Access Control with the Azure AppFabric SDK for PHP

In my last post I used some bare-bones PHP code to explain how the Windows Azure AppFabric access control service works. Here, I’ll build on the ideas in that post to explain how to use some of the access control functionality that is available in the AppFabric SDK for PHP Developers. I will again build a barpatron.php client (i.e. a customer) that requests a token from the AppFabric access control service (ACS) (the bouncer). Upon receipt of a token, the client will present it to the bartender.php service (the bartender) to attempt to access a protected resource (drinks). If the service can successfully validate the token, the protected resource will be made available.

0. Set up ACS

In this post, I’ll assume that you have a Windows Azure subscription, that you have set up an access control service, and that you have created a token policy and scope as outlined in the “Hiring a Bartender (i.e. Setting Up ACS)” section of my last post. I’ll also assume you are familiar with the bouncer-bartender analogy I used in that post.


1. Install the AppFabric SDK for PHP Developers

You can download the AppFabric SDK for PHP developers from CodePlex here: After you have downloaded and extracted the files, update the include_path in your php.ini file to include the library directory of the downloaded package.

Note: I found what I think are a couple of bugs in the SDK. Here are the changes I had to make to get it working for me:

  1. Replace POST_METHOD with “POST” on line 113 of the SimpleApiAuthService.php file. Or, define the POST_METHOD constant as “POST”.
  2. Add the following require_once directive to the SimpleApiAuthService.php file: require_once “util\curlRequest.php”;

2. Enable the bartender.php service to verify tokens

When presented with a token, a service needs 3 pieces of information to validate it:

  1. The service namespace (which you created when you set up ACS).
  2. The signing key that is shared with ACS (this is the key associated with the token policy you created).
  3. The audience (which is the value of the appliesto parameter you used when creating a scope for the token policy).

As I examined in my last post, this information will be used to make comparisons with information that is presented in the token. Nicely, the AppFabric SDK for PHP Developers has a TokenValidator class that handles all of this comparison work for us – all we have to do is pass it the token and the 3 pieces of information above. So now my bartender.php service looks much cleaner than it did in my previous post (note that I’m assuming the token is passed to the service in an Authorization header):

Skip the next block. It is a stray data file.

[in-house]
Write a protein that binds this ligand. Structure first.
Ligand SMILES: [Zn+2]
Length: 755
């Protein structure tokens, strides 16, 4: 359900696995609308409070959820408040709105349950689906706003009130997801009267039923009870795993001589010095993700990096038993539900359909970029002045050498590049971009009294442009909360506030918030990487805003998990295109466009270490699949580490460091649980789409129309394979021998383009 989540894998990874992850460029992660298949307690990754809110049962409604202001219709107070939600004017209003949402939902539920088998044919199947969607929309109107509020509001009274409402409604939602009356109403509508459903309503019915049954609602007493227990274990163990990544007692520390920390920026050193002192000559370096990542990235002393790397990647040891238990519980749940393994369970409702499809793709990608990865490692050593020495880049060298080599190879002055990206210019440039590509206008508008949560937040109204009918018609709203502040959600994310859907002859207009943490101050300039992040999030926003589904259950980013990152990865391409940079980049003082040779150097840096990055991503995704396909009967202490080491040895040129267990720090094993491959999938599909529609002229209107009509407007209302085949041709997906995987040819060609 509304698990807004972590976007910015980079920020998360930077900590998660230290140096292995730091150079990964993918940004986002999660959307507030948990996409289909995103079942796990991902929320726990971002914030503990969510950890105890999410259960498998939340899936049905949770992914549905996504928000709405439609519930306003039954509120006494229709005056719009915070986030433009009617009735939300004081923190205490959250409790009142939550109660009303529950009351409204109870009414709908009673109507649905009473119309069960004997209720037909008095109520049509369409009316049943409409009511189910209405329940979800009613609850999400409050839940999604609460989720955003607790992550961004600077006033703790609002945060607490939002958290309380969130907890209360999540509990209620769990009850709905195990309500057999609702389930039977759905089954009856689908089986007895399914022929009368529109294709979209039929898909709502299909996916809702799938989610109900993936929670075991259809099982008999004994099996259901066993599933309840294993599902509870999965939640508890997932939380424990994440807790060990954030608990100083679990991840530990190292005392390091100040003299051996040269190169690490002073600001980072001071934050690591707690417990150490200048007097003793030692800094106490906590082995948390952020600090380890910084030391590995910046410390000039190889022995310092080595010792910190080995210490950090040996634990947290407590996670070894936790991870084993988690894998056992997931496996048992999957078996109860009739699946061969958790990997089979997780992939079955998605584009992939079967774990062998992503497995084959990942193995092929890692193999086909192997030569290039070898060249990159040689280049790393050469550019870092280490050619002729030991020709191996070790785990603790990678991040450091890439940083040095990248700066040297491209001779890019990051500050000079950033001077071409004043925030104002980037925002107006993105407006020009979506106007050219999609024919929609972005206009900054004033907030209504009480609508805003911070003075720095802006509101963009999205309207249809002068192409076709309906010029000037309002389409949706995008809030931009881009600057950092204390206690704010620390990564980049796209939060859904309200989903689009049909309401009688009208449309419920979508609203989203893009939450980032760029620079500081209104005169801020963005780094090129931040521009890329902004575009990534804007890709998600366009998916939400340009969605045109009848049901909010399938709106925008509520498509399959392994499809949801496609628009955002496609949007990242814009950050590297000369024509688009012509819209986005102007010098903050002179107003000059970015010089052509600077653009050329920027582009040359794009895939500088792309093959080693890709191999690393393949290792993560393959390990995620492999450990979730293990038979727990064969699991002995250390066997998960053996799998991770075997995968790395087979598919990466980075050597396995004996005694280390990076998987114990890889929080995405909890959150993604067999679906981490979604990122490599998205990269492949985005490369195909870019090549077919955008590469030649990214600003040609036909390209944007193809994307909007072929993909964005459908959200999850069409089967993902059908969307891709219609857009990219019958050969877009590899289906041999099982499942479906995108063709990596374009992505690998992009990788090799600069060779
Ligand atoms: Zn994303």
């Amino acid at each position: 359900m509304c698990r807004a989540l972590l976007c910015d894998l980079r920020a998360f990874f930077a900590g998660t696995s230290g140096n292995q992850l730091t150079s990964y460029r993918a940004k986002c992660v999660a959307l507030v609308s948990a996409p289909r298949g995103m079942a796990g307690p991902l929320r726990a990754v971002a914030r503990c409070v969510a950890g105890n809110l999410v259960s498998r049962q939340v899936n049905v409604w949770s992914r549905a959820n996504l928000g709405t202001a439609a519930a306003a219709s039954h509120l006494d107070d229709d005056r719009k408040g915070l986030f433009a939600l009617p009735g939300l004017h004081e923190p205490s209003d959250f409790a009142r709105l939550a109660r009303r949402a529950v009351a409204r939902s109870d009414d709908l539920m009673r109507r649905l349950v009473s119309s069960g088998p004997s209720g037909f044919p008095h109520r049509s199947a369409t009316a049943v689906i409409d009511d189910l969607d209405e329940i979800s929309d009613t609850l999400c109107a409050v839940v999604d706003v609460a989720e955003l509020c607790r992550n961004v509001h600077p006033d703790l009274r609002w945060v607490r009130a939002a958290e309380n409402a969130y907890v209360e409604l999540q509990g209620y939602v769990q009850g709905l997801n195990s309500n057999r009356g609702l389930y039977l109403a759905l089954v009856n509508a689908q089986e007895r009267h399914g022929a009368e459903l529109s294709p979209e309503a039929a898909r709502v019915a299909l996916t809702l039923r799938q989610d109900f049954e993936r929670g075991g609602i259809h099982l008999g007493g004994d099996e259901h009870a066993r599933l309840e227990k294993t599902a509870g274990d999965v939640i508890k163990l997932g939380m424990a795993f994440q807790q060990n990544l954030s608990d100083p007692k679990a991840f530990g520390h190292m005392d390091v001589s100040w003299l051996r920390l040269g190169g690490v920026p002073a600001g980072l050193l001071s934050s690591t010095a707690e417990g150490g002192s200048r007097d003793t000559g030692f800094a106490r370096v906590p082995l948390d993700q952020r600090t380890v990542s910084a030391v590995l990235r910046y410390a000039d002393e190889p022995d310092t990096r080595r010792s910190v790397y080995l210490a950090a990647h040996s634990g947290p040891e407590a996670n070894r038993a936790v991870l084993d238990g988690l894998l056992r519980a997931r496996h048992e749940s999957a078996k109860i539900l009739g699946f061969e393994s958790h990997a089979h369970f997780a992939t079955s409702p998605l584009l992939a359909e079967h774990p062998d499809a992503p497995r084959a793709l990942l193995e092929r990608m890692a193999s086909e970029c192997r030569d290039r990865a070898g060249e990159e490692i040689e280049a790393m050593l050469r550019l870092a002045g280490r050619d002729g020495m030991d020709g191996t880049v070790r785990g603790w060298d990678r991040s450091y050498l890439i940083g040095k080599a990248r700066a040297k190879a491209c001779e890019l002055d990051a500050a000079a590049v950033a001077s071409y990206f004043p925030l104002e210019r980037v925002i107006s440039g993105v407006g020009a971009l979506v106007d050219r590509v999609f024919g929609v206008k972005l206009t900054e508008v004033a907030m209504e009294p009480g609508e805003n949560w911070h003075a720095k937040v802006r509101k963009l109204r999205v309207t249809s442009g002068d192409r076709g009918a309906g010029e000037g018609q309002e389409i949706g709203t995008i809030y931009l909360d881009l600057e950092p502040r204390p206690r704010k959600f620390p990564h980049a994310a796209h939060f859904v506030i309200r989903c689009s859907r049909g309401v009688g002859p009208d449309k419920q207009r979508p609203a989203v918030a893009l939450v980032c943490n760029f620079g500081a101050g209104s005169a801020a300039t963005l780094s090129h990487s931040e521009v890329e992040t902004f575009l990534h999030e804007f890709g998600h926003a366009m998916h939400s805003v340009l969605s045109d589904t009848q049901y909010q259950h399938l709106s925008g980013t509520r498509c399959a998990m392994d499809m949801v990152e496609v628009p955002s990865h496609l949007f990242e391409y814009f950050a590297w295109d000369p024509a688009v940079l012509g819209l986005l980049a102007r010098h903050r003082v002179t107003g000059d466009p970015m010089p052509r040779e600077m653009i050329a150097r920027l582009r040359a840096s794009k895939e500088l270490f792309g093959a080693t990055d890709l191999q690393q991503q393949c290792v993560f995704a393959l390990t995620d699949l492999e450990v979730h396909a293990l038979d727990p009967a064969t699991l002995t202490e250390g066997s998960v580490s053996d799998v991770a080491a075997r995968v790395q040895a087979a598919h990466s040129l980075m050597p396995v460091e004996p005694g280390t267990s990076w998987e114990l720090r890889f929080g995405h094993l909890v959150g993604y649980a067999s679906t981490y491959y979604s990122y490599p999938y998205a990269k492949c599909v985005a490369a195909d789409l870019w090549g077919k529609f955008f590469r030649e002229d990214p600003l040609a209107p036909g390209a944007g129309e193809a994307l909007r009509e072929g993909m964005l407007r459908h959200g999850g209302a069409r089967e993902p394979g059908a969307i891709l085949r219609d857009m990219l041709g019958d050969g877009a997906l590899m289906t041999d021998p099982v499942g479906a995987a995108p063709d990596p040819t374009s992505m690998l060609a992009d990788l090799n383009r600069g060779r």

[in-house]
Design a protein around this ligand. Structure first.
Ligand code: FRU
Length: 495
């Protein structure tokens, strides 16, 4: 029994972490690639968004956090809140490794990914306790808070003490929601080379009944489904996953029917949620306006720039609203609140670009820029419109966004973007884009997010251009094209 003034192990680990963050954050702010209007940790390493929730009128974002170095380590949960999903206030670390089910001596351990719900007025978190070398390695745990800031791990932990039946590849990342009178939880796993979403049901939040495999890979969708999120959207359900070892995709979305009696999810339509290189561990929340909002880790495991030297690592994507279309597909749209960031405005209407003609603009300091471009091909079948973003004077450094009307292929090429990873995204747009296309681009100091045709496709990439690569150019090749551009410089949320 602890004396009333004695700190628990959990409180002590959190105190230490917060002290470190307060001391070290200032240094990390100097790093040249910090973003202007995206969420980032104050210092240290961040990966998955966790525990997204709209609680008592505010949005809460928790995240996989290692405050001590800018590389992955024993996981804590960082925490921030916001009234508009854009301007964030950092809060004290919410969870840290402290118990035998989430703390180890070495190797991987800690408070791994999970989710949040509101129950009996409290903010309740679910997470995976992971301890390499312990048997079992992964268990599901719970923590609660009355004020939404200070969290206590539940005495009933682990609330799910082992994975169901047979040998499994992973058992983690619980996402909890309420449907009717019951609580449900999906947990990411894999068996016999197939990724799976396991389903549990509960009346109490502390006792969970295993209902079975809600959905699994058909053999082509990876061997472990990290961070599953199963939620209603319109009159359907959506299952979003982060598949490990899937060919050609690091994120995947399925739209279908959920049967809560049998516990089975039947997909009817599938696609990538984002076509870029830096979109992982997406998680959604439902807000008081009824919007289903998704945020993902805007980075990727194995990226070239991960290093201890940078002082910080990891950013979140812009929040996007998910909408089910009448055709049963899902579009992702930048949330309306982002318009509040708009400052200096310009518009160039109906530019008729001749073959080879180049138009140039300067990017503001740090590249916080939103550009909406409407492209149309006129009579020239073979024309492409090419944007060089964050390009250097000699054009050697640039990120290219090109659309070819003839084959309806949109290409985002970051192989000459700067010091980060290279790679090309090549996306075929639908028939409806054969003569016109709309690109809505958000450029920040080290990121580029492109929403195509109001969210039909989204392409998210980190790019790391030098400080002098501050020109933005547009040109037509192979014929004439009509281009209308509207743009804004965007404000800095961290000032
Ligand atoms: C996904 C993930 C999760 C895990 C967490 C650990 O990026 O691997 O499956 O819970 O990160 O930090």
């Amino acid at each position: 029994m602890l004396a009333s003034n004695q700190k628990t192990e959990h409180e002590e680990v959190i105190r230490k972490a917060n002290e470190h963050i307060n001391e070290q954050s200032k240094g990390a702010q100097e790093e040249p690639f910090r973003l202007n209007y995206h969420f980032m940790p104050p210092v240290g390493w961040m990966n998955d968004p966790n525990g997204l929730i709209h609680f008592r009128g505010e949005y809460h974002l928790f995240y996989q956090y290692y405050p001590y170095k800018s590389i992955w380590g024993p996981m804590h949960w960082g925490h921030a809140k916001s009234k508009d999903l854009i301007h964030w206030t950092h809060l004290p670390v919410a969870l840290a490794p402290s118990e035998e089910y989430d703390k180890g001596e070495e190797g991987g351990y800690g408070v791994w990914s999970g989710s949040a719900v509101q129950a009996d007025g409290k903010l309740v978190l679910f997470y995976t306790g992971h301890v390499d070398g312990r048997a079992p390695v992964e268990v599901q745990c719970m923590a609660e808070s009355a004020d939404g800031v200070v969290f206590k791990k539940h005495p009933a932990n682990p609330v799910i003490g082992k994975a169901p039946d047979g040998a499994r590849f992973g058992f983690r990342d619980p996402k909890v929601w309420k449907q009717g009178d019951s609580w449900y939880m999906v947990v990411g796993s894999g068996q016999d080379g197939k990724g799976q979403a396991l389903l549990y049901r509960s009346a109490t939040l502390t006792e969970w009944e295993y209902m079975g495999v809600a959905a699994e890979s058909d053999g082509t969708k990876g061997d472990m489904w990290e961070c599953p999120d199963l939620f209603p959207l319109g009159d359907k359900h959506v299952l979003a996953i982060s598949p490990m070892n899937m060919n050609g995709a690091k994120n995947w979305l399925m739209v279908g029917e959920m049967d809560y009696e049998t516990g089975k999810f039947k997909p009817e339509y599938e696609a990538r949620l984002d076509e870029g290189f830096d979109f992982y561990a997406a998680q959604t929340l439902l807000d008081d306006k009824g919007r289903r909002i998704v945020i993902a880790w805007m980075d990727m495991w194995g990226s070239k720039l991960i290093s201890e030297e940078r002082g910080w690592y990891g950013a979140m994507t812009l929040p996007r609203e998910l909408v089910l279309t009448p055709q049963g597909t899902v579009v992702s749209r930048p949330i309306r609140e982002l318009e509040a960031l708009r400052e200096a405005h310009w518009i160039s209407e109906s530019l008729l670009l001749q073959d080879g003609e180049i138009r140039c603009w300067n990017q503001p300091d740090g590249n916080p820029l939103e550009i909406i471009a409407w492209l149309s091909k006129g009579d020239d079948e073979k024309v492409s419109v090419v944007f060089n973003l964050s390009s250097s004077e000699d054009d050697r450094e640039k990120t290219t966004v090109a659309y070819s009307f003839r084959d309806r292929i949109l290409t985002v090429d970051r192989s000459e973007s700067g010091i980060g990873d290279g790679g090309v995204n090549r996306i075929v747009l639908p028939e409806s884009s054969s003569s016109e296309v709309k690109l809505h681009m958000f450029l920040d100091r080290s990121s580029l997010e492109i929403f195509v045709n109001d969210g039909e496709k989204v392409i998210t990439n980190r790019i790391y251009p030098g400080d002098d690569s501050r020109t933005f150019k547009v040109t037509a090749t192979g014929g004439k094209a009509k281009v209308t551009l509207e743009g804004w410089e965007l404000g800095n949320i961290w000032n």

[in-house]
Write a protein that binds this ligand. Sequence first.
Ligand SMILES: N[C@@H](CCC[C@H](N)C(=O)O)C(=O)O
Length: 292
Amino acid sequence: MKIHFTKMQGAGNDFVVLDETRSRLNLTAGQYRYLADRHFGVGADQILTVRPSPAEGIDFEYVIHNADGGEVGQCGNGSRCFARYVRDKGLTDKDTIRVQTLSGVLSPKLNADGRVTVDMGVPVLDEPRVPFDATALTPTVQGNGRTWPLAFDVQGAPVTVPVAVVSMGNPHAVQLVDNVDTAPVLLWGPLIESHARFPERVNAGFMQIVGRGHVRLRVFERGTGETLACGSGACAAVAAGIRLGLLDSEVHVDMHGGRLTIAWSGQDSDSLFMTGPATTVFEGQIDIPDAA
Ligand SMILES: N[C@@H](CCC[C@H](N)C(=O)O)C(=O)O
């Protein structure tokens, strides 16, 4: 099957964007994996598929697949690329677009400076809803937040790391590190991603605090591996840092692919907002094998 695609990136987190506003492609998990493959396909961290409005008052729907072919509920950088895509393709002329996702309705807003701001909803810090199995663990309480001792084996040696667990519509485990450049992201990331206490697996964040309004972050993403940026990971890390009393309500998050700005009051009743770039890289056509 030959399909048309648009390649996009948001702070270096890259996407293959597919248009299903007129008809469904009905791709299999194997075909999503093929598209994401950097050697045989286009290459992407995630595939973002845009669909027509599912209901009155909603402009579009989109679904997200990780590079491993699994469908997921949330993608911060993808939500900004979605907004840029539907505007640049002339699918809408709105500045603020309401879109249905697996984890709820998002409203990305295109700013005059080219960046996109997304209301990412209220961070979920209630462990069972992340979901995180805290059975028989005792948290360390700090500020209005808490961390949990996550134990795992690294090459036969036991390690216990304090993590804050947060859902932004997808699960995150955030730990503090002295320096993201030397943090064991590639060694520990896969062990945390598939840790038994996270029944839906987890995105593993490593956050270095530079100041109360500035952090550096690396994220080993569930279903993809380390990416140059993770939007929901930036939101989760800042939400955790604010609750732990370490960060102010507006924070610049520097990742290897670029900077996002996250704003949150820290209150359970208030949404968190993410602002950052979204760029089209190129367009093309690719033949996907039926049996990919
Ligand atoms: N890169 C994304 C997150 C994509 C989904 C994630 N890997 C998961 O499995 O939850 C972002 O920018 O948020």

require_once “ACS\TokenValidator.php”;

define(“SIGNING_KEY”, “The_signing_key_for_your_token_policy”);
define(“SERVICE_NAMESPACE”, “Your_service_namespace”);
define(“APPLIES_TO”, “

// Check for presence of Authorization header
    Unauthorized(“No authorization header.”);

// Validate token
    $tokenValidator = new TokenValidator(SERVICE_NAMESPACE,
    if($tokenValidator-> validate())
        echo “What would you like to drink?”;
        Unauthorized(“Token validation failed.”);
catch(Exception $e)

function Unauthorized($reason)
    echo $reason.” No drink for you!<br/>”;

Note: The TokenValidator class does not expect the $token parameter to be in the same format as is issued by ACS. Instead, it expects a string prefixed by “WRAP access_token=” with the body of the token enclosed in double quotes. The following is an example of a token in the format expected by the TokenValidator class: WRAP access_token=””


3. Enable the barpatron.php client to request a token

When requesting a token from ACS, a client needs 4 pieces of information:

  1. The service namespace (which you created when you set up ACS).
  2. The issuer name (which you set when creating an Issuer during ACS setup).
  3. The issuer secret key (this was generated when you created an Issuer during ACS setup).
  4. The audience (which is the value of the appliesto parameter you used when creating a scope for the token policy).

As with token validation, the AppFabric SDK for PHP makes creating the request, sending it, and retrieving the token very easy:

require_once “DotNetServicesEnvironment.php”;
require_once “ACS\Scope.php”;
require_once “ACS\SimpleApiAuthService.php”;

define(“SERVICE_NAMESPACE”, “Your_service_namespace”);
define(“ISSUER_NAME”, “Your_issuer_name”);
define(“ISSUER_SECRET”, “The_key_associated_with_your_issuer”);
define(“APPLIES_TO”, “

    //$acmHostName is by default         
    $acmHostName = DotNetServicesEnvironment::getACMHostName();
    $serviceName = SERVICE_NAMESPACE;
    $scope = new Scope(“simpleAPIAuth”);

    $scope->addCustomInputClaim(“DOB”, “1-1-70”);

    $simpleApiAuthService = new SimpleApiAuthService($acmHostName, $serviceName);
    $token = $simpleApiAuthService->getACSToken();

catch(Exception $e)

Now to send the token, we re-format it (see note about the TokenValidator class in the section above) and put it in an Authorization header (where the bartender.php service will expect it):

$token = ‘WRAP access_token=”‘.$token.'”‘;

// Initialize cURL session for presenting token.
$ch = curl_init();
curl_setopt($ch, CURLOPT_URL, “
curl_setopt($ch, CURLOPT_HTTPHEADER, array(“Authorization: “.urldecode($token)));
curl_setopt($ch, CURLOPT_HEADER, true);
curl_setopt($ch, CURLOPT_RETURNTRANSFER,  true);

$bartenderResponse = curl_exec($ch);

$responseParts = explode(“\n”, $bartenderResponse);
echo $responseParts[count($responseParts)-1];

That’s it! The bartender.php and barpatron.php files are attached to this post in case you want to play with the service. You should be able to modify the files (updated with your AppFabric service information) and then load the barpatron.php file in your browser.



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